Finnish Prime Minister Sanna Marin faces tough re-election bid

Finnish Prime Minister Sanna Marin addresses supporters during a campaign rally in Helsinki on April 1. (Photo: Sergei Grits/AP)

On Sunday, Finns voted in a hotly contested parliamentary election that could cost Prime Minister Sanna Marin her position due to voter anxiety over the future of extensive public services during an economic slump.

Protracted coalition talks will likely follow the election, although the party that wins on Sunday will have the first opportunity to form a government.

Marin, 37, is viewed by fans worldwide as a millennial role model for progressive new leaders. She remains immensely popular among many Finns, especially young moderates, but she has alienated some conservatives with her extravagant spending on pensions and education, which they view as irresponsible.

"The right-wing offers an alternative that makes life miserable for all of us, cuts services, and reduces the means of subsistence for the poorest," Marin addressed his supporters on Saturday. We have the option of selecting a superior alternative.

Opinion surveys indicate that the Social Democrats, the largest party in the outgoing coalition government, are neck-and-neck with the conservative National Coalition Party and the nationalist Finns Party. All three parties are predicted to receive between 18.7 and 19.2% of the vote.

In opinion polls, the National Coalition has led for nearly two years, although its margin has diminished recently. It had pledged to reduce spending and halt the growth of the public debt, which had risen to over 70% of GDP since 2019 when Marin assumed office.

The coalition accuses Marin of degrading Finland's economic resilience at a time when Europe's energy crisis, precipitated by Russia's war in Ukraine, has severely impacted the country, and the cost of living has risen.

Watershed U-Turn

Martti Haikio, a 73-year-old history professor, stated, "Taking on additional debt cannot continue for the next 30 years." "This has been going on for thirty years – more debt, more debt, more debt – and good services are fine, but paid for with borrowed money."

The primary objective of the Finns Party is to decrease what its leader, Riikka Purra, terms "harmful" immigration from developing nations outside the European Union.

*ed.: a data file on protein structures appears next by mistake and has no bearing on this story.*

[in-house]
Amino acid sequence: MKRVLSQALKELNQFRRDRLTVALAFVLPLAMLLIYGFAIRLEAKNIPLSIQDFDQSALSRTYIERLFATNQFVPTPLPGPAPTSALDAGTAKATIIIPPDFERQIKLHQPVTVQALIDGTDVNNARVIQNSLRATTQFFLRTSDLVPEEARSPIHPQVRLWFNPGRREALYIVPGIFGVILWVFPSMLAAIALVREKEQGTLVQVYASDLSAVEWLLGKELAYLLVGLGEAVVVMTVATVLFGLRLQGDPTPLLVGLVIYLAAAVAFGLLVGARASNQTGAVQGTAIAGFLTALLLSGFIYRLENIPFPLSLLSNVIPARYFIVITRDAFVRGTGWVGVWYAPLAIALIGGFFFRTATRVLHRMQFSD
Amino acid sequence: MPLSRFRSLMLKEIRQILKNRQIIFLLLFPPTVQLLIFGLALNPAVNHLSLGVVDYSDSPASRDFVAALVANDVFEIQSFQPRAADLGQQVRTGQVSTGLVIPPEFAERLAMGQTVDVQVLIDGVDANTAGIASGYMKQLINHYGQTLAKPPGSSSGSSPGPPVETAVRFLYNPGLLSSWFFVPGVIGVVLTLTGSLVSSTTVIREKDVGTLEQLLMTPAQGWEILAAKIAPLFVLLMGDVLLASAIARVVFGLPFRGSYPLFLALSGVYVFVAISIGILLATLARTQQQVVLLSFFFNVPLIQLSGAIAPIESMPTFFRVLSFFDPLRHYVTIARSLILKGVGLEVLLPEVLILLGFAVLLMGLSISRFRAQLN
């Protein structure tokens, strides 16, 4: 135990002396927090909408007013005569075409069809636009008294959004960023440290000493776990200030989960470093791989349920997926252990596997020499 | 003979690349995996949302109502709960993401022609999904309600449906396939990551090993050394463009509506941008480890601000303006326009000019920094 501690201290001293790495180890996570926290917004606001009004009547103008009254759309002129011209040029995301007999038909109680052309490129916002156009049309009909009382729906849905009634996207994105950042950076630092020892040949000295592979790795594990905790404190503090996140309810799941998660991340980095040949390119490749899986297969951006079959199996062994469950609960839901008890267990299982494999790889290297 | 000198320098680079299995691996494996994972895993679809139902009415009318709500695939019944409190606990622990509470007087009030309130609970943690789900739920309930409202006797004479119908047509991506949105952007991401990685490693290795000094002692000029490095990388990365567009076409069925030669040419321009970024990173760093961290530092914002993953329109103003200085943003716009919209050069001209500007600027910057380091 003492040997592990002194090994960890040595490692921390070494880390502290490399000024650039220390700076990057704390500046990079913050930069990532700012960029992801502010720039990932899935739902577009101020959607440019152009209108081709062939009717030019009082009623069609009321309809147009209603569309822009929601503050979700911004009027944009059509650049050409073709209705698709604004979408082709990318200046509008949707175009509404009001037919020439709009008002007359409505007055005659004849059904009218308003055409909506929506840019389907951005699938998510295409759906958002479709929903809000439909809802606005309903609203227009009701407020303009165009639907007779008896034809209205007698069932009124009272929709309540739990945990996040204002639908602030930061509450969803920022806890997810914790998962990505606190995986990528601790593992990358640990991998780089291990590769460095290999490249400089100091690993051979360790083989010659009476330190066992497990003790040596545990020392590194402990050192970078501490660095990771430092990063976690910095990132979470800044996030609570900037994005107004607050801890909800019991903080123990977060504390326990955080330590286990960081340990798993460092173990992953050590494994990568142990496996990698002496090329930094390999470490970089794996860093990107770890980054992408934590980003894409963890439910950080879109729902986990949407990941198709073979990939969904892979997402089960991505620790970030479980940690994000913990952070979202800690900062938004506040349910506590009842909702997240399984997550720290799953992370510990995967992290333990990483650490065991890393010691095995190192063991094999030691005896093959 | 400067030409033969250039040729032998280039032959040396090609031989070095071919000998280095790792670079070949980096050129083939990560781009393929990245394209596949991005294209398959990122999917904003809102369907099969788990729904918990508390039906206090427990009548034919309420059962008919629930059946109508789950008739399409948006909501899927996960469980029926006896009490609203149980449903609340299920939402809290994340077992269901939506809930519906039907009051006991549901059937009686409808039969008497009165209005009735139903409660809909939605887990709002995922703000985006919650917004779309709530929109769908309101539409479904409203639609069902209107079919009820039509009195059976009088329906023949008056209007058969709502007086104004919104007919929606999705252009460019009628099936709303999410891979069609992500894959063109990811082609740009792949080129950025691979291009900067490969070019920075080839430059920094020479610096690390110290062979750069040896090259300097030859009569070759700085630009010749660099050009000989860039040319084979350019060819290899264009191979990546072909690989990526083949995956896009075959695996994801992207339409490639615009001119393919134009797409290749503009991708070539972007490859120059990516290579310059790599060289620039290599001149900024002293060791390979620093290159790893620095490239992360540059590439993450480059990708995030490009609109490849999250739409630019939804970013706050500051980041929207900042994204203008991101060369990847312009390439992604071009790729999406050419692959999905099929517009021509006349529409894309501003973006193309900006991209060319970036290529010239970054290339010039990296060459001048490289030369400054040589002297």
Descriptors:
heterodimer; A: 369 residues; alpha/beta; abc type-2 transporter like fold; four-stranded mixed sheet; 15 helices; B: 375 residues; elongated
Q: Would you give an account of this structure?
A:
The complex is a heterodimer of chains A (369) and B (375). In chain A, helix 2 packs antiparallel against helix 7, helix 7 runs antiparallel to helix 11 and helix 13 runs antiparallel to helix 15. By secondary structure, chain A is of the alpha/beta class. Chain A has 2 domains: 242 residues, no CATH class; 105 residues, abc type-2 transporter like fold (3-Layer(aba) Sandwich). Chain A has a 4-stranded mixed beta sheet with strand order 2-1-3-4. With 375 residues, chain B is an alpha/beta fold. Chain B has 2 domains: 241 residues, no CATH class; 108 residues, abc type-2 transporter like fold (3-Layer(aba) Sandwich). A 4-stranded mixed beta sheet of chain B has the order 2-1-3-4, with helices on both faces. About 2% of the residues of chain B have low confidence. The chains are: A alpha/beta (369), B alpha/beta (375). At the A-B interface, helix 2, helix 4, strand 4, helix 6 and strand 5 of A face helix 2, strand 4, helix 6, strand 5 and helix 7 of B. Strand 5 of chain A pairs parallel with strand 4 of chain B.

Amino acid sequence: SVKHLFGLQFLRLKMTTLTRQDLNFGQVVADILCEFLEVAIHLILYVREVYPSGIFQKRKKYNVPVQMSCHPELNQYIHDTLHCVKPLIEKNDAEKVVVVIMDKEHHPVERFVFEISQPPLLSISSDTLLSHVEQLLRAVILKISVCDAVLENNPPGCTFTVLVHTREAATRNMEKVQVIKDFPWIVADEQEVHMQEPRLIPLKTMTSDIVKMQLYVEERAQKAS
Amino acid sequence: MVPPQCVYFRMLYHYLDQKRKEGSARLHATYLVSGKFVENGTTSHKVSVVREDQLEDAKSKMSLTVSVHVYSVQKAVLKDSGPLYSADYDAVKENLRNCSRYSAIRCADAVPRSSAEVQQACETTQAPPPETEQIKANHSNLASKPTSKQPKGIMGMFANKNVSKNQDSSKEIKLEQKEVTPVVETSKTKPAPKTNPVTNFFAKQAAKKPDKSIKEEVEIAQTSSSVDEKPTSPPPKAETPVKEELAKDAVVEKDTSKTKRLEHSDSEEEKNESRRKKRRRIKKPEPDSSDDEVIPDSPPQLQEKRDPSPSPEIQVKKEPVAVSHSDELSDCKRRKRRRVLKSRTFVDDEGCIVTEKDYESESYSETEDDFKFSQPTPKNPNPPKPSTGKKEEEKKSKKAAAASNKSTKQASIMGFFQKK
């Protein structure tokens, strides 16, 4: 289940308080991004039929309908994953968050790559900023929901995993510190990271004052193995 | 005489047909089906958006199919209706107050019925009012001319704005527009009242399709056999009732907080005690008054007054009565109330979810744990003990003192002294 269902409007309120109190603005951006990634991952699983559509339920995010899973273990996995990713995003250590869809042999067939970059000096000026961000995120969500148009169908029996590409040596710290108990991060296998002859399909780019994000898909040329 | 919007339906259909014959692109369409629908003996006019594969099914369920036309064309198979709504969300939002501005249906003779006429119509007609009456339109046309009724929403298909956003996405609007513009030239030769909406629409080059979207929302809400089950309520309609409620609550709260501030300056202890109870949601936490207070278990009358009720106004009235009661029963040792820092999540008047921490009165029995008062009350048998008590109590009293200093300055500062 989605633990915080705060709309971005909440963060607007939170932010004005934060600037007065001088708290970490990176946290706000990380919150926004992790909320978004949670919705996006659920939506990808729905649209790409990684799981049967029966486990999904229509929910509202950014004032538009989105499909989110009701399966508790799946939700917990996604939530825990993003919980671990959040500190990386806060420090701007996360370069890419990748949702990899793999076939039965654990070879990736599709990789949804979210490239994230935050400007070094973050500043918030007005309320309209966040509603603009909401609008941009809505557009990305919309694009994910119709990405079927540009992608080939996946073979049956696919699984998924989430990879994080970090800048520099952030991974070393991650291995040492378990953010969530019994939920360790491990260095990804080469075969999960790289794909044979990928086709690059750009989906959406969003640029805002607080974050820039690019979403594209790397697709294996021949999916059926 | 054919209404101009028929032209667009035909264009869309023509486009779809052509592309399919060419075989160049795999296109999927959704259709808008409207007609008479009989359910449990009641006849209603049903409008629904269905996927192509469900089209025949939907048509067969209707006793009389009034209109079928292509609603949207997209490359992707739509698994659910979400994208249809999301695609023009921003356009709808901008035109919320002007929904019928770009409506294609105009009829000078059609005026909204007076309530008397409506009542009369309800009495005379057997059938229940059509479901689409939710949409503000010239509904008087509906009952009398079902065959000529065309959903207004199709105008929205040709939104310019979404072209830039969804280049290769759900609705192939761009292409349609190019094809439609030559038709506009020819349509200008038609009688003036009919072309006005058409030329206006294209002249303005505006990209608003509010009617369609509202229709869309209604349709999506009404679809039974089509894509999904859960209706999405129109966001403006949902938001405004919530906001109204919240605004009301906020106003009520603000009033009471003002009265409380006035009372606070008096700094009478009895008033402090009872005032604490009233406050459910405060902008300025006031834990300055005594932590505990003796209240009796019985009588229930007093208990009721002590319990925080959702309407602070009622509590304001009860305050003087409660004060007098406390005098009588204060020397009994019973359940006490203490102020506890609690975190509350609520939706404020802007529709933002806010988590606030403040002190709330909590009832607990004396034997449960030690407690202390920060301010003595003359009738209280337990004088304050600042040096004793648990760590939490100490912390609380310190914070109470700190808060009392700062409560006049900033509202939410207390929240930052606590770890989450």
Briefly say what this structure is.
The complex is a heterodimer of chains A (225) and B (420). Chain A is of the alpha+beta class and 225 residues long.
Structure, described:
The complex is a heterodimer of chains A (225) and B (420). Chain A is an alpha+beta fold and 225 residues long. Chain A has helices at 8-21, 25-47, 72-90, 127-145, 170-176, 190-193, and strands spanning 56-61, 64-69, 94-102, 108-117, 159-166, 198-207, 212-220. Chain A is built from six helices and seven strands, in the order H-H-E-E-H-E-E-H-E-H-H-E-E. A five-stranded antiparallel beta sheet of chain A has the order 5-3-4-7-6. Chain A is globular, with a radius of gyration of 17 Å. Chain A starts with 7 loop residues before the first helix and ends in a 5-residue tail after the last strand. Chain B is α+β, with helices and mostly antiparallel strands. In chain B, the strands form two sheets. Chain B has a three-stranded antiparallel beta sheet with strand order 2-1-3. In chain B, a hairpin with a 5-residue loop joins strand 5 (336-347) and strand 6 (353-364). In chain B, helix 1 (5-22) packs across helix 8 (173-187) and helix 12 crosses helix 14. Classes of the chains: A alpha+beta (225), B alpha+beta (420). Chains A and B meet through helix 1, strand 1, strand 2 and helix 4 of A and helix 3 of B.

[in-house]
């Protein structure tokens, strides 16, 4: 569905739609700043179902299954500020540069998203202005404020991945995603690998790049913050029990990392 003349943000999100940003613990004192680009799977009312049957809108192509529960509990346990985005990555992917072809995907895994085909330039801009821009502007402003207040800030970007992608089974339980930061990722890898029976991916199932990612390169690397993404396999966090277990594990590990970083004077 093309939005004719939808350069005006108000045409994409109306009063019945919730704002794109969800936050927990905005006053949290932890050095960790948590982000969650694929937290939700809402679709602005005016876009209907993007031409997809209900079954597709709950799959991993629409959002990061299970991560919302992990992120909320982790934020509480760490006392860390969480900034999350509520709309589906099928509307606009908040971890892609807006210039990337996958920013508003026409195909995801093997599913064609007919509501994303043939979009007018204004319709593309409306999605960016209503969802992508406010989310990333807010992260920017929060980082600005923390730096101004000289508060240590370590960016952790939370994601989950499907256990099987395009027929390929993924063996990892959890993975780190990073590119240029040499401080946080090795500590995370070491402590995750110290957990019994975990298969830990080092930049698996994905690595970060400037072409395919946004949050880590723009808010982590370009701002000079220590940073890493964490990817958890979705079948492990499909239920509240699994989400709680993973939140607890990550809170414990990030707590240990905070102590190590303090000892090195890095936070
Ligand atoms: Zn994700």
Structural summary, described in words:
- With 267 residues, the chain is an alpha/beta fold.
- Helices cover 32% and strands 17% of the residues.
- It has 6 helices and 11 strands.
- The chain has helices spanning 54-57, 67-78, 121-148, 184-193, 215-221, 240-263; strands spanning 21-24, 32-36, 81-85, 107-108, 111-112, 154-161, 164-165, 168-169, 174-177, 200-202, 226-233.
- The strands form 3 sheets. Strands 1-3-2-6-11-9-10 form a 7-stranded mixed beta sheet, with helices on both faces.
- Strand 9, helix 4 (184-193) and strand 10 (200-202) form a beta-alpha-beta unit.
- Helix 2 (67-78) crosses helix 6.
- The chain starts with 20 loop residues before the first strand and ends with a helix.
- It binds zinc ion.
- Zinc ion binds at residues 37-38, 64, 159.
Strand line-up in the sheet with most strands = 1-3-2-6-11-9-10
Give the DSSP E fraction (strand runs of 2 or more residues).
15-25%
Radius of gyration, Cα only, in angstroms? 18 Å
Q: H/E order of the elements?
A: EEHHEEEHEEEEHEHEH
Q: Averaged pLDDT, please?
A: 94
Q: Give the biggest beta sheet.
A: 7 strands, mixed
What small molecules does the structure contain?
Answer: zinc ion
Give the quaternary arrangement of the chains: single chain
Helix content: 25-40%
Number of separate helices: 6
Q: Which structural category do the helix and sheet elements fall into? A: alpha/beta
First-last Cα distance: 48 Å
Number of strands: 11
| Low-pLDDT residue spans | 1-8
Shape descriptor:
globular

Voting begins at 9:00 a.m. (0600 GMT) and stays open until 8 p.m. Shortly after that, partial results from early voting will be released.

According to figures from the Justice Ministry, almost 1.7 million or 40.5% of eligible voters cast ballots during the week-long early voting session that concluded on Tuesday.

Social Democrats in Marin believe that economic growth will help curb the development of the state debt, and if the budget needs to be balanced, they would instead consider tax increases than spending cuts.

Yet, this expansion is not imminent. The economy of Finland, a country with a population of 5.5 million, fared better than most European nations during the epidemic. Still, growth fell to 1.9% last year, and the country is forecast to enter a moderate recession this year, while inflation peaked in December at 9.1%.

The most noteworthy of Marin's foreign policy efforts have been her and President Sauli Niinisto's campaign for Finland to do a policy U-turn by seeking NATO membership in response to security concerns arising from Russia's invasion of Ukraine.

This procedure is nearly complete, with Helsinki poised to join within days after all 30 members of the Western defence alliance approve its membership.

Publish : 2023-04-02 09:32:00

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